Timo visited Iso Vasikkasaari near Espoo for an overnighter.

Granite & Ice shows how to go White Heather Snorkeling.

The Glencoe mountaineer has a near miss and a fright in Coire nan Lochan, which shows that in winter extra care should be taken at all times.

Kenburg reports that it is frosty. Nice photos.

Lapland Times went river walking - in December!

Some employees from Mountain Equipment went winter climbing in the Lakes.

Roger continues his lovely local strolls, and visited the Frilandsmuseet this time around.

Richard's photos from his Northern Irish Winter Wonderland a superb!

Also the collection of Aberdeen Winter Sunsets on Oh Inverted World is superb and worth your time.

Adiós snow and ice, welcome sun and warmth - on Hawaii! Joshua and friends climbed up Bear Claw and the writing, photos and HD videos are worth your time.

More beautiful photos and videos from Hawaii's upper Kaluanui Valley can be seen on Nathan's site.

Paul spent four days on the Colorado Plateau.

Walking on ice.

Gear Talk:

A new woodstove and a comparison video to the BushBuddy Ultra and Bushcooker LT II can be seen on the ULG blog.

Thomas discusses how to stay warm in -40°C.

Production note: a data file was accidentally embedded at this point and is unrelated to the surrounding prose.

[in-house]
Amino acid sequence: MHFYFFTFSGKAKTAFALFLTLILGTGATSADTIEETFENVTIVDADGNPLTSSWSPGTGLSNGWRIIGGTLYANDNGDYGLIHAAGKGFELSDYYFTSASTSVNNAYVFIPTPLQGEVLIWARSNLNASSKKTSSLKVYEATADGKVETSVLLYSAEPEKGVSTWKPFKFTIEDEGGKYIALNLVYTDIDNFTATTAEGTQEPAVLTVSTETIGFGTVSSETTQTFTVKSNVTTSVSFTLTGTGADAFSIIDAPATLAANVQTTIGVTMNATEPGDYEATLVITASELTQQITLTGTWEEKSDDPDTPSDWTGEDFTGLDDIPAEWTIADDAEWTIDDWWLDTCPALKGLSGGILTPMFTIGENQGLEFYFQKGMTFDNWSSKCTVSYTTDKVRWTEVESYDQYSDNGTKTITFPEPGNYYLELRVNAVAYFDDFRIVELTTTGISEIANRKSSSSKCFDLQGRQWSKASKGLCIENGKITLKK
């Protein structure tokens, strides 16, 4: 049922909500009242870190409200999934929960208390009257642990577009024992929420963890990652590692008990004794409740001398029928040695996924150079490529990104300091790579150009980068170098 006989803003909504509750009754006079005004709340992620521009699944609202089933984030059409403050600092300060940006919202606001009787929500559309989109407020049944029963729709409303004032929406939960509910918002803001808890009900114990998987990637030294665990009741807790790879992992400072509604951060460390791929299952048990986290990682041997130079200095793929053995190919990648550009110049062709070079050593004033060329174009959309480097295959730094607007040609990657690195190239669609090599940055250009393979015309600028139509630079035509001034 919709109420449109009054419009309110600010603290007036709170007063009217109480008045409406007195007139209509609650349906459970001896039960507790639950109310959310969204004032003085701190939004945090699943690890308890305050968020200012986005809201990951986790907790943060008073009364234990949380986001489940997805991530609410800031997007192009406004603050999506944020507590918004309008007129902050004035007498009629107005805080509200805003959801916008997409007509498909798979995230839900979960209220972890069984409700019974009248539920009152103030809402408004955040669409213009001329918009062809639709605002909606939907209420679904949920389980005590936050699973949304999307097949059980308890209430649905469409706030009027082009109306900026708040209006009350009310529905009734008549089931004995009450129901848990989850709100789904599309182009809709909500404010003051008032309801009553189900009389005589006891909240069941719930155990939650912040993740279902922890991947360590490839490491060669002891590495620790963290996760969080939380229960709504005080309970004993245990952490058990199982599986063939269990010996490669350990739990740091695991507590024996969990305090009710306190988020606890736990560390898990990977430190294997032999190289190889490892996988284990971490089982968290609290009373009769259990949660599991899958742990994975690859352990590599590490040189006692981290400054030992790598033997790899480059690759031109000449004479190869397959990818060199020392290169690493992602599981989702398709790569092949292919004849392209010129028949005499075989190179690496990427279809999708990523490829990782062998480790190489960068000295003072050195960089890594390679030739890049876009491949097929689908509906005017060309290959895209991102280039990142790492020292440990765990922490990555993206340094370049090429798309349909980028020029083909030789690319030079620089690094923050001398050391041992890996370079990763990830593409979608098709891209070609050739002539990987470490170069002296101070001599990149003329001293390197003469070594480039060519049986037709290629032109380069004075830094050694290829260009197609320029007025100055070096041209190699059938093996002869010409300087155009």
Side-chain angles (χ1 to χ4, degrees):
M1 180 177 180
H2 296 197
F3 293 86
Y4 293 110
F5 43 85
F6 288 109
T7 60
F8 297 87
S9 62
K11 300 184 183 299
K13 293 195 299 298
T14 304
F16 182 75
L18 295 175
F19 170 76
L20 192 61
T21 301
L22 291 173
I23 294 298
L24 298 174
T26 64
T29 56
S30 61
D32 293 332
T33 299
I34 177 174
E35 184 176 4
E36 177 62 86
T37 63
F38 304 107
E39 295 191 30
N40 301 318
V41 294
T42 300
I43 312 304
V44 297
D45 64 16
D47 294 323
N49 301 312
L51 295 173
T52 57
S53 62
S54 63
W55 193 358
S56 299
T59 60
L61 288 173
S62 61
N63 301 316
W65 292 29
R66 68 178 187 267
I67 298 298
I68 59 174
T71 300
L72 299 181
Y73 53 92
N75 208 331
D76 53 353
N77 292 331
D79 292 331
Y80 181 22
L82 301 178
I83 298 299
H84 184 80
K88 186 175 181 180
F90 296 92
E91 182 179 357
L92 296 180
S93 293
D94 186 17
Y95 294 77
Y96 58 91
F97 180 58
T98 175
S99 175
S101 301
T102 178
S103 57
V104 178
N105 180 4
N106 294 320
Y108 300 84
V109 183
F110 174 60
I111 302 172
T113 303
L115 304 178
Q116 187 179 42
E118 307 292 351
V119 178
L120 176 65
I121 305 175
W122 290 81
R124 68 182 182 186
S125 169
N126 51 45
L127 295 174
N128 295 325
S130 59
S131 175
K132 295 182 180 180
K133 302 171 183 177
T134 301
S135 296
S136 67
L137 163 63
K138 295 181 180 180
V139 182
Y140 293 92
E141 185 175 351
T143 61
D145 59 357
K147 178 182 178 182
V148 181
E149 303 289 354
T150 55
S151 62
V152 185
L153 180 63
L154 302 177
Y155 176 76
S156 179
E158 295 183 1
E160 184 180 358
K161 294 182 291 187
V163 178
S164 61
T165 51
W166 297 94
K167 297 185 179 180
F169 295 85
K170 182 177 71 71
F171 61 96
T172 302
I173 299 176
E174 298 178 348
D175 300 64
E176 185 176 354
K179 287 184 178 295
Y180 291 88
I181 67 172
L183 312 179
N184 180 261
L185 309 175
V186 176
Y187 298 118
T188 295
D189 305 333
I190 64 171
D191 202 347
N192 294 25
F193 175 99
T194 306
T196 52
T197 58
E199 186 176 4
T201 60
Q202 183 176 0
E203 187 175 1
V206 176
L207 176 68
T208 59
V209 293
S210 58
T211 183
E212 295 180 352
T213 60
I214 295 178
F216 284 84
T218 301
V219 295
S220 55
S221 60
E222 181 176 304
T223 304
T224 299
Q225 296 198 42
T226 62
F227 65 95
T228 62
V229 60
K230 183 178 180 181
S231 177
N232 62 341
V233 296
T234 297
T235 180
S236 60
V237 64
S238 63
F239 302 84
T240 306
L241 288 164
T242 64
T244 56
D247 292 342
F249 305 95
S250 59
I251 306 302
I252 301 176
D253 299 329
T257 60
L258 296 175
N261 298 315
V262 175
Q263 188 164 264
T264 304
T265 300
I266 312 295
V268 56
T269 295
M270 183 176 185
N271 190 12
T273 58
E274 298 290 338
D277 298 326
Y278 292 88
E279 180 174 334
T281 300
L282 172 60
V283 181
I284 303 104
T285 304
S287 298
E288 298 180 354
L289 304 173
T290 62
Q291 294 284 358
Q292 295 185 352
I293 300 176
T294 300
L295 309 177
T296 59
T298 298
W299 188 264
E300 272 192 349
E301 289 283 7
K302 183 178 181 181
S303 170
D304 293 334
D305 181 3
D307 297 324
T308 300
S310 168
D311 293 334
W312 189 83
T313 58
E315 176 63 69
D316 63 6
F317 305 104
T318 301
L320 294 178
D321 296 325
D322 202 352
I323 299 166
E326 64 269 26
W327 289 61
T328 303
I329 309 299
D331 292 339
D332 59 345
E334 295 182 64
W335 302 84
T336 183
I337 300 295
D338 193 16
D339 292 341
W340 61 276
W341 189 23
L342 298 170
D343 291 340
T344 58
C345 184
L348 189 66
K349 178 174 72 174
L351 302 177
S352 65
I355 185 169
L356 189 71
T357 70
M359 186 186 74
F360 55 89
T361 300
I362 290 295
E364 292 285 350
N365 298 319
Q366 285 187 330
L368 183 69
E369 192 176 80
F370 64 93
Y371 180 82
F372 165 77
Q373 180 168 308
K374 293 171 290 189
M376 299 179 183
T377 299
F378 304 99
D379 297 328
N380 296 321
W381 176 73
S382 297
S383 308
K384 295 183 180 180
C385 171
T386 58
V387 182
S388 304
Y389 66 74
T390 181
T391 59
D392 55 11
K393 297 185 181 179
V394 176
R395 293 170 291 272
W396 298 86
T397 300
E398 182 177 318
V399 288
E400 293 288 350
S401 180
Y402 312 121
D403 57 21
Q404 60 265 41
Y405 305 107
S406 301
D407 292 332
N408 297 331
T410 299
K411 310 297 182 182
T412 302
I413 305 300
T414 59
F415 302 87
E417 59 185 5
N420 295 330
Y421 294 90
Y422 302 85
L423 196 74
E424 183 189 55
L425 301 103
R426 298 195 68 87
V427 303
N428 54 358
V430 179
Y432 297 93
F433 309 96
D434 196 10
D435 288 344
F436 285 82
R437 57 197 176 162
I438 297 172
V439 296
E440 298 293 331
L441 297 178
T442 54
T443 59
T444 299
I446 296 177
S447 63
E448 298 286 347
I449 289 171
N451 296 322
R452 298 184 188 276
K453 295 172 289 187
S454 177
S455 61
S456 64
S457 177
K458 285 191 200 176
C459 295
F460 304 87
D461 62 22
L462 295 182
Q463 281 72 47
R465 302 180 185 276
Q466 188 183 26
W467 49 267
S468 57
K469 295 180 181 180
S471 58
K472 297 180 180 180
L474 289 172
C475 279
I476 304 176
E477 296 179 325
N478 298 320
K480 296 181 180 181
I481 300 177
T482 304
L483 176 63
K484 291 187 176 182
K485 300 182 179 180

Litekayaking discusses the perfect compass combo at a mere 40 g!

Sam published his one day Splitboarding Gearlist.

Baz takes a first look at the Katoola MicroSpikes.

Phil has a look at the Optimus Stella+ as his choice for warm water in winter.

Maz wrote an Initial Analysis of his PHD Yukon Pullover.

Remember, you can be become a Fan of Hiking in Finland and Nordic Lightpacking on Facebook! And if you enjoyed this post, remember to Flattr it!

Planning a UL Backpacking Trip - a How-to

Planning a trip, UL style. While I like the spontaneousness of 24 h trips and overnighters, some trips require some more preparation. Currently I am planning two trips, one solo trip of four to six days, and together with three classmates one school expedition for fourteen people with a duration of 11 days (two travel days, nine days solo skiing trip). As I like to go prepared I like to plan ahead, and as there are also a bunch of readers here who might just ponder how to go about their first winter trip, I thought to share with you how I go about planning a trip. This should be a good set of guide lines to follow if you're setting out to plan a trip and hopefully helps you have a great outdoor experience!